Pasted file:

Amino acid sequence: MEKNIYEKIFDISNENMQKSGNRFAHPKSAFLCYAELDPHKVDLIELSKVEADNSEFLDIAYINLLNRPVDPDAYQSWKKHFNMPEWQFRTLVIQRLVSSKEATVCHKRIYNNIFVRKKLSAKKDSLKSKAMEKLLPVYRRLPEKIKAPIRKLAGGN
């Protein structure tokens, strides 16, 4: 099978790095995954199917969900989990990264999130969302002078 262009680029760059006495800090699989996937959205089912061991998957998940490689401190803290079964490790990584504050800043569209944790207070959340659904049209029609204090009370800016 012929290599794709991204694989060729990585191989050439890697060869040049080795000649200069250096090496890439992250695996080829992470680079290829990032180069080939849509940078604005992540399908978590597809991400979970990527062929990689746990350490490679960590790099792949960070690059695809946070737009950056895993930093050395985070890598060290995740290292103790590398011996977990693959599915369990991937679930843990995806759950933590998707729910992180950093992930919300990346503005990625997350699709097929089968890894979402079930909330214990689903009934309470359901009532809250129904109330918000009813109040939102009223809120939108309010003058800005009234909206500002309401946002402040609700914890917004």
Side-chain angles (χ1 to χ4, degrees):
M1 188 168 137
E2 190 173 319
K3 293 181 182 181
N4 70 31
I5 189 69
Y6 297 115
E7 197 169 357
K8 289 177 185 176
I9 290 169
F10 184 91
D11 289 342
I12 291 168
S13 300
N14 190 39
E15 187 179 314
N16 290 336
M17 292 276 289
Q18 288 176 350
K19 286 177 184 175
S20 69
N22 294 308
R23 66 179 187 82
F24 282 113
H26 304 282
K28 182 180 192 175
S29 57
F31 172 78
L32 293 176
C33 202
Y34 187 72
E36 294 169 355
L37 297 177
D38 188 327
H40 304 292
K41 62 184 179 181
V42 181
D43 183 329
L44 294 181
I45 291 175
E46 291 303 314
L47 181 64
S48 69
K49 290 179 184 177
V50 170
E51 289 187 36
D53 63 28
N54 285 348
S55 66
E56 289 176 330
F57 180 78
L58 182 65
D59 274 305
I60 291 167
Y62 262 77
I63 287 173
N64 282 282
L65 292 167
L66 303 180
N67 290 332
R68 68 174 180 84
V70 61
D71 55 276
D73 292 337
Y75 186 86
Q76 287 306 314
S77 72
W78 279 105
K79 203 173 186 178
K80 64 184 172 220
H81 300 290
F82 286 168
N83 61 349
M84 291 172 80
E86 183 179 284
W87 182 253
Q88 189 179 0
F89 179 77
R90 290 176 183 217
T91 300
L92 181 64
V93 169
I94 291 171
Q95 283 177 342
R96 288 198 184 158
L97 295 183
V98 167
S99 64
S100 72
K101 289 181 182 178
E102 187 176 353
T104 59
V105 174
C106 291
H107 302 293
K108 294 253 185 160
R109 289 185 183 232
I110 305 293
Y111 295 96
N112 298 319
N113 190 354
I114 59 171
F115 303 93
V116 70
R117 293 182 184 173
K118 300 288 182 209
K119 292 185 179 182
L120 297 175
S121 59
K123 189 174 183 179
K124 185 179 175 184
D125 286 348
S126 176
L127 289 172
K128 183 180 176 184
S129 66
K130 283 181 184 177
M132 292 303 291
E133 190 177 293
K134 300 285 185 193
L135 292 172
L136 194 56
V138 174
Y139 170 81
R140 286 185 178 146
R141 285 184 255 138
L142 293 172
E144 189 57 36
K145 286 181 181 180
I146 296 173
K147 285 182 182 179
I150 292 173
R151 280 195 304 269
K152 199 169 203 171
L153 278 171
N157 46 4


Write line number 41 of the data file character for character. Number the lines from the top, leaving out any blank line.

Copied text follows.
L44 294 181